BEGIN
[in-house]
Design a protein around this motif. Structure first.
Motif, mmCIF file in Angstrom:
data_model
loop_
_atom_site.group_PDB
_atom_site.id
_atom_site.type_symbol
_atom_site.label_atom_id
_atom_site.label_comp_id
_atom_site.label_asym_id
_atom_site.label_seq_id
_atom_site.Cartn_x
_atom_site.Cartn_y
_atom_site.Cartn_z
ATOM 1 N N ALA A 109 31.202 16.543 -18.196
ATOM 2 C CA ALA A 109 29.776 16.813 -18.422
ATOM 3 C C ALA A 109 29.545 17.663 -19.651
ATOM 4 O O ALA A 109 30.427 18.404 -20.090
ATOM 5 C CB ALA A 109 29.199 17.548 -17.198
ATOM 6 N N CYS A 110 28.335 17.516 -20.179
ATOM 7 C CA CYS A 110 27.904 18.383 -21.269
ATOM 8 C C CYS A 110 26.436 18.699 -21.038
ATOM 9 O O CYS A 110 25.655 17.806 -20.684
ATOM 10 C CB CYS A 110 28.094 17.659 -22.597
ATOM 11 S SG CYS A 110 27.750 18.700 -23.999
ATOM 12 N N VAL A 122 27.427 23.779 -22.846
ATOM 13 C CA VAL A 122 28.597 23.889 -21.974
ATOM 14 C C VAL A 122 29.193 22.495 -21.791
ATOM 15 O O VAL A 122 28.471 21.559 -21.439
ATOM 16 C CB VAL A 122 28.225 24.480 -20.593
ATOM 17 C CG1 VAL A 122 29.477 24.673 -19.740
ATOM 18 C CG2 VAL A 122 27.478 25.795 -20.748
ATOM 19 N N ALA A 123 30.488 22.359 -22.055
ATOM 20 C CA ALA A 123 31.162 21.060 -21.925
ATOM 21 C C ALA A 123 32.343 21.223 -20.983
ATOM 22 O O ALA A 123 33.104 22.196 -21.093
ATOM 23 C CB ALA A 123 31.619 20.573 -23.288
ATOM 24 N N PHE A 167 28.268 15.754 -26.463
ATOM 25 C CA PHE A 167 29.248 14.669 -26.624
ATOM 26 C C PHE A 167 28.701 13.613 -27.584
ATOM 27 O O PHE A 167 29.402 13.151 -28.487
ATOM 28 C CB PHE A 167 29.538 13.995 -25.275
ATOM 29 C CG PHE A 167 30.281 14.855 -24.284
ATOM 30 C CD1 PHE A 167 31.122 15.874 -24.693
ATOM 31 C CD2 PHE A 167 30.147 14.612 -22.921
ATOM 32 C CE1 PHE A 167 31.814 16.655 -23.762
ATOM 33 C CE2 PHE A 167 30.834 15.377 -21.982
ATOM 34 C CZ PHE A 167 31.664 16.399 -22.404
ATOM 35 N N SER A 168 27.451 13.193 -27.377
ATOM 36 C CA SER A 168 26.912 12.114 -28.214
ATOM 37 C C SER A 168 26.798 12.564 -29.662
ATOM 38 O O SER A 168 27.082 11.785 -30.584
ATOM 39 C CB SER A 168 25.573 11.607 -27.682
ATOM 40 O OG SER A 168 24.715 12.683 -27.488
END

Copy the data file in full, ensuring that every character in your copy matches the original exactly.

[in-house]
Design a protein around this motif. Structure first.
Motif, mmCIF file in Angstrom:
data_model
loop_
_atom_site.group_PDB
_atom_site.id
_atom_site.type_symbol
_atom_site.label_atom_id
_atom_site.label_comp_id
_atom_site.label_asym_id
_atom_site.label_seq_id
_atom_site.Cartn_x
_atom_site.Cartn_y
_atom_site.Cartn_z
ATOM 1 N N ALA A 109 31.202 16.543 -18.196
ATOM 2 C CA ALA A 109 29.776 16.813 -18.422
ATOM 3 C C ALA A 109 29.545 17.663 -19.651
ATOM 4 O O ALA A 109 30.427 18.404 -20.090
ATOM 5 C CB ALA A 109 29.199 17.548 -17.198
ATOM 6 N N CYS A 110 28.335 17.516 -20.179
ATOM 7 C CA CYS A 110 27.904 18.383 -21.269
ATOM 8 C C CYS A 110 26.436 18.699 -21.038
ATOM 9 O O CYS A 110 25.655 17.806 -20.684
ATOM 10 C CB CYS A 110 28.094 17.659 -22.597
ATOM 11 S SG CYS A 110 27.750 18.700 -23.999
ATOM 12 N N VAL A 122 27.427 23.779 -22.846
ATOM 13 C CA VAL A 122 28.597 23.889 -21.974
ATOM 14 C C VAL A 122 29.193 22.495 -21.791
ATOM 15 O O VAL A 122 28.471 21.559 -21.439
ATOM 16 C CB VAL A 122 28.225 24.480 -20.593
ATOM 17 C CG1 VAL A 122 29.477 24.673 -19.740
ATOM 18 C CG2 VAL A 122 27.478 25.795 -20.748
ATOM 19 N N ALA A 123 30.488 22.359 -22.055
ATOM 20 C CA ALA A 123 31.162 21.060 -21.925
ATOM 21 C C ALA A 123 32.343 21.223 -20.983
ATOM 22 O O ALA A 123 33.104 22.196 -21.093
ATOM 23 C CB ALA A 123 31.619 20.573 -23.288
ATOM 24 N N PHE A 167 28.268 15.754 -26.463
ATOM 25 C CA PHE A 167 29.248 14.669 -26.624
ATOM 26 C C PHE A 167 28.701 13.613 -27.584
ATOM 27 O O PHE A 167 29.402 13.151 -28.487
ATOM 28 C CB PHE A 167 29.538 13.995 -25.275
ATOM 29 C CG PHE A 167 30.281 14.855 -24.284
ATOM 30 C CD1 PHE A 167 31.122 15.874 -24.693
ATOM 31 C CD2 PHE A 167 30.147 14.612 -22.921
ATOM 32 C CE1 PHE A 167 31.814 16.655 -23.762
ATOM 33 C CE2 PHE A 167 30.834 15.377 -21.982
ATOM 34 C CZ PHE A 167 31.664 16.399 -22.404
ATOM 35 N N SER A 168 27.451 13.193 -27.377
ATOM 36 C CA SER A 168 26.912 12.114 -28.214
ATOM 37 C C SER A 168 26.798 12.564 -29.662
ATOM 38 O O SER A 168 27.082 11.785 -30.584
ATOM 39 C CB SER A 168 25.573 11.607 -27.682
ATOM 40 O OG SER A 168 24.715 12.683 -27.488